But whether employed or not, the majority found some difficulties and deterrents as they pursued their objectives.
Nearly a third of all respondents looking for a job or other kind of occupational change had at least one young child living at home. For unemployed job seekers, the availability and cost of child care was high on the list of barriers to employment. “Lack of reliable childcare has caused many issues in finding and keeping a good job,” shared a survey taker. Child care concerns were also an impediment for those employed, but it trailed behind insufficient wages and the need for more training and certifications (see table).
Occupational mobility obstacles
Source: Federal Reserve Bank of Minneapolis
|Available jobs don't pay enough
|Need new skills to meet job requirements
|Need credentials or certifications
|Cost of day care for children
|Finding day care for children
|Available jobs don't offer benefits
|Schedules are difficult to keep
|Available jobs are too far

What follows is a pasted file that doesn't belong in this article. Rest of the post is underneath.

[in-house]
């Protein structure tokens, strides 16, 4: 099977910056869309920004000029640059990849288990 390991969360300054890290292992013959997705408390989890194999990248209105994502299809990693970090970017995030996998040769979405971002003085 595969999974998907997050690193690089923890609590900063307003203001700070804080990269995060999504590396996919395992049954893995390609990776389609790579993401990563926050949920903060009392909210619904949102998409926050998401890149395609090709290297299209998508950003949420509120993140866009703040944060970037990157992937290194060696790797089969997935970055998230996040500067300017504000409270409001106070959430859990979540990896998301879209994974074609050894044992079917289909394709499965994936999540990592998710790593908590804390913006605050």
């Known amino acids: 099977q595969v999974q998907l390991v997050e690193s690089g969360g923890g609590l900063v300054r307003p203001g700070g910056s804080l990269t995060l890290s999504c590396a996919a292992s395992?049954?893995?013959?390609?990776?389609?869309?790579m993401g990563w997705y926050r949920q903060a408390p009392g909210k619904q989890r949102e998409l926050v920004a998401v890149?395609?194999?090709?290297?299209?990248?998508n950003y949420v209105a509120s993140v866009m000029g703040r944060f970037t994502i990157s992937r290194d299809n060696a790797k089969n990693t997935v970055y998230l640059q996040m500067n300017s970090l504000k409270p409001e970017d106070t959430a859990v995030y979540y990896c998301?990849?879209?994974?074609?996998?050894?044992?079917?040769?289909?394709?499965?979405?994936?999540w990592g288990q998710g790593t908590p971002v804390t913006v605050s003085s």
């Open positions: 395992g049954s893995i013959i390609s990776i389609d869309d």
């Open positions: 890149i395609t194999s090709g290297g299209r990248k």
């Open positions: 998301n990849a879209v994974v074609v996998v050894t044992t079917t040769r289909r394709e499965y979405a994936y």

|Need computer knowledge
|Don't have time to undergo training
|Don't know how to find training
|Need computer and internet access
Life and work, a balancing act
Employment decisions aren’t made in a vacuum, and factors like household income, savings, and the impacts from inflation play a role, particularly for those with less income.
“Finding the right job that pays well and [has] affordable housing close by has been impossible. I am having to put more on my credit card,” shared an unemployed educator in Montana.
More than half of job seekers lived in households with incomes below $50,000. To meet their needs, one-third said they are using credit cards and loans. A similar share was using funds from savings, selling possessions, or borrowing from family and friends.
Ninety-two percent of out-of-work job seekers had no savings to rely on; a quarter of them said they had exhausted the little they had during the pandemic. Employed respondents looking for changes were in better shape, but still more than half indicated having nothing put aside.
Recent inflationary pressures have strained household budgets, often requiring tough, even dire trade-offs. “Higher prices have affected my family. We don’t have enough to buy food or fuel to go to appointments, job search, schooling, stores, and so forth,” shared an unemployed health care worker.
More than half of job seekers were concerned with paying for housing and utility bills, and 40 percent felt stressed about being able to secure food for themselves and their families.
Elevated prices, predominantly in food and fuel, have put extreme pressure on many low- and middle-income individuals. “Our budget is $700 over last year due to fuel and groceries for our family,” shared a respondent.